Opponents of the funding arrangements believe they should be prohibited under the “separation-of-church-and-state” concept loosely defined by some federal court cases involving the First Amendment to the Constitution. The First Amendment prohibits government from establishing an official religion — and from interfering with the free exercise of religion.
In a written statement, Madden said “a last-minute floor amendment” in 2007 caused the exemption that religious charities are using to make religious-based hiring decisions for charitable work that receives government funds.
“That needs to be fixed,” Madden said, adding that her bill would “not change the real-world practices of organizations such as Catholic Charities.”
Bishop Sheridan said government funds about 3% to 5% of the budget for Catholic Charities of Colorado Springs. He plans to refuse all government money if the law forces him to forgo religious preference in hiring.
As Colorado law states, private charities receiving government funds cannot discriminate in hiring on the basis of race, gender, sexual orientation, national origin or ancestry, age, disability, color, sex or creed. Though the law forbids discrimination based on religion, another phrase exempts religious organizations from the discrimination clause “with respect to employment of individuals of a particular religion.”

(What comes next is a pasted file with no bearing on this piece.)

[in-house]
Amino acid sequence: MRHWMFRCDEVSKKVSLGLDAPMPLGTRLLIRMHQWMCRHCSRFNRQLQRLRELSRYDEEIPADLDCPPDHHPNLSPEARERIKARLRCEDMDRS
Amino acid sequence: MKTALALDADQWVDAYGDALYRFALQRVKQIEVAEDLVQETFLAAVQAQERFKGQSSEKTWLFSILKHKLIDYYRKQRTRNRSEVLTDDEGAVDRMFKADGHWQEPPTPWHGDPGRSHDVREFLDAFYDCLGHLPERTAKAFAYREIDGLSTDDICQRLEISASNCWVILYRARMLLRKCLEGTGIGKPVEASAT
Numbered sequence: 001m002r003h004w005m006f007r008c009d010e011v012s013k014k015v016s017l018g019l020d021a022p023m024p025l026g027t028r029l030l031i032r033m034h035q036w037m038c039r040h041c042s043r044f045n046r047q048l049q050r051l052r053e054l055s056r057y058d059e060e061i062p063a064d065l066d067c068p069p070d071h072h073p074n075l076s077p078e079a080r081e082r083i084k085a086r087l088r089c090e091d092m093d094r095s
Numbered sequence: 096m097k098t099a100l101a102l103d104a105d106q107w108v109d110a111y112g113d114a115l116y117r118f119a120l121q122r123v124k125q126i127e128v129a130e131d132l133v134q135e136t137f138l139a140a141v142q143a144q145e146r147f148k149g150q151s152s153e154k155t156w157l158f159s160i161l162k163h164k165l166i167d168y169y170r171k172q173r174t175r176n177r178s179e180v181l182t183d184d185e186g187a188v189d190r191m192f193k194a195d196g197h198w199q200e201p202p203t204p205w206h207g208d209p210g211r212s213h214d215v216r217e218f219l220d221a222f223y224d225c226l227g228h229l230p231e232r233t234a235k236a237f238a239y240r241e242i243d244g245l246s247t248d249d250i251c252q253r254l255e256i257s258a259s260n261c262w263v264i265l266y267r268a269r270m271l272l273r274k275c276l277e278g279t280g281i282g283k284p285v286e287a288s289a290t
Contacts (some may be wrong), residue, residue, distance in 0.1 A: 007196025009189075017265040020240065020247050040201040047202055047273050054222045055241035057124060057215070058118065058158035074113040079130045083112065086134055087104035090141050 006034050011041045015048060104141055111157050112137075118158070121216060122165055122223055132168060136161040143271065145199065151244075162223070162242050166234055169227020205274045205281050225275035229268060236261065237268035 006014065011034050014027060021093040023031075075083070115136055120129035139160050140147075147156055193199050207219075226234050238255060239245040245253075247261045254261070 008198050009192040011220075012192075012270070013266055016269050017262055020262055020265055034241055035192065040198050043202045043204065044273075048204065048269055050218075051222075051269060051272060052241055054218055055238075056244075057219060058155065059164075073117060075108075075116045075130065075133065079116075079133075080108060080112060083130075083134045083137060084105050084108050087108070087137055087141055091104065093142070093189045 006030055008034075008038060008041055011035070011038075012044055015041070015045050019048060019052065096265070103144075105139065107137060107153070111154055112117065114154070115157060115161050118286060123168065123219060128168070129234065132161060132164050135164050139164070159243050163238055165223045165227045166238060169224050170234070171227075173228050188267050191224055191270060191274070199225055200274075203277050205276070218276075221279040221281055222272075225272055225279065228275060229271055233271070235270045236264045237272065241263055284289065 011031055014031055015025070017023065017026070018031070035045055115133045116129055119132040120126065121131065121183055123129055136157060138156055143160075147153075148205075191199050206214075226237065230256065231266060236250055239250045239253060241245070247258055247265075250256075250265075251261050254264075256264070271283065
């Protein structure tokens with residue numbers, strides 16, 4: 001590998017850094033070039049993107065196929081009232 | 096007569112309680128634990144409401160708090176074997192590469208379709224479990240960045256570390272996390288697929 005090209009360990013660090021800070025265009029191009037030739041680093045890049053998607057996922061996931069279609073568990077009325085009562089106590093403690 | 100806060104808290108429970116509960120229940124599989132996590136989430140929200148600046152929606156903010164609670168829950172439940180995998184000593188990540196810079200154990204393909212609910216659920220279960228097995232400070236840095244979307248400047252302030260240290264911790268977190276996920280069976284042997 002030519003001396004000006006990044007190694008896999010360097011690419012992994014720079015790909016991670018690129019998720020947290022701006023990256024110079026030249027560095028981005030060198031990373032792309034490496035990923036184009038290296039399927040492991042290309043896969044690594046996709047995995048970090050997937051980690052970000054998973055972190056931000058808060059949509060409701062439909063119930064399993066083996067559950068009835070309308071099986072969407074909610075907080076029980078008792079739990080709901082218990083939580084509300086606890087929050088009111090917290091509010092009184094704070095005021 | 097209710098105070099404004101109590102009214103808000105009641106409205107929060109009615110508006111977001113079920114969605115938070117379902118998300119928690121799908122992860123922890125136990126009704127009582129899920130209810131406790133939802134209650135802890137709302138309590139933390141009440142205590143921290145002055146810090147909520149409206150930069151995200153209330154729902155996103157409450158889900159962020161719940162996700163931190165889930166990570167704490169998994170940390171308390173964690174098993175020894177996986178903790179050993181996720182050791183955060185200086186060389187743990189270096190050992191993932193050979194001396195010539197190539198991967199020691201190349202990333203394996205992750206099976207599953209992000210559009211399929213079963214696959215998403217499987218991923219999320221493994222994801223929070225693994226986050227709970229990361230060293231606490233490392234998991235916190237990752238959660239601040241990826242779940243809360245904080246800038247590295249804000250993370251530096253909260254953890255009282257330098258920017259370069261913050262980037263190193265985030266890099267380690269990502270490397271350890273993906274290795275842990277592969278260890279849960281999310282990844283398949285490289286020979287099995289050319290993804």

Bruce DeBoskey, regional director of the Anti-Defamation League in Denver, said the law seems intentionally obscure.
“For whatever reason, the archbishop thinks he can’t serve soup if we remove that exemption,” DeBoskey said. “We don’t think that’s the case. We’re just saying that if the job is tied to government funds, you can’t base hiring on religious preference.”
Christopher Rose, president and chief executive officer of Catholic Charities of the Archdiocese of Denver, said the Madden bill would hurt all faith-based organizations, including Jewish Family Services, a ministry with a mission statement that bases its services “on Jewish values.”
Rose said supporters of the bill are stretching things by arguing that religious-based hiring violates the First Amendment’s establishment clause if a charity receives government funds.
“The Denver Rescue Mission and the Salvation Army don’t miraculously become government agencies because they work with Mayor Hickenlooper to end homelessness,” Rose said in a written statement. “If they do, then every private citizen becomes a government actor upon reaching age 65 and receiving Social Security benefits.”
Cardinal Cordes explained that the conflict in Denver points to a contemporary problem that Cor Unum will try to address at a June retreat for directors of Catholic charities in North and South America.
“Thanks to the generosity of many donors, the charitable agencies of the Church are able to do their work,” the cardinal said. “But this carries a risk that the spirit of a Catholic agency can become secularized, doing only what the donor has in view.”
Wayne Laugesen is based in Boulder, Colorado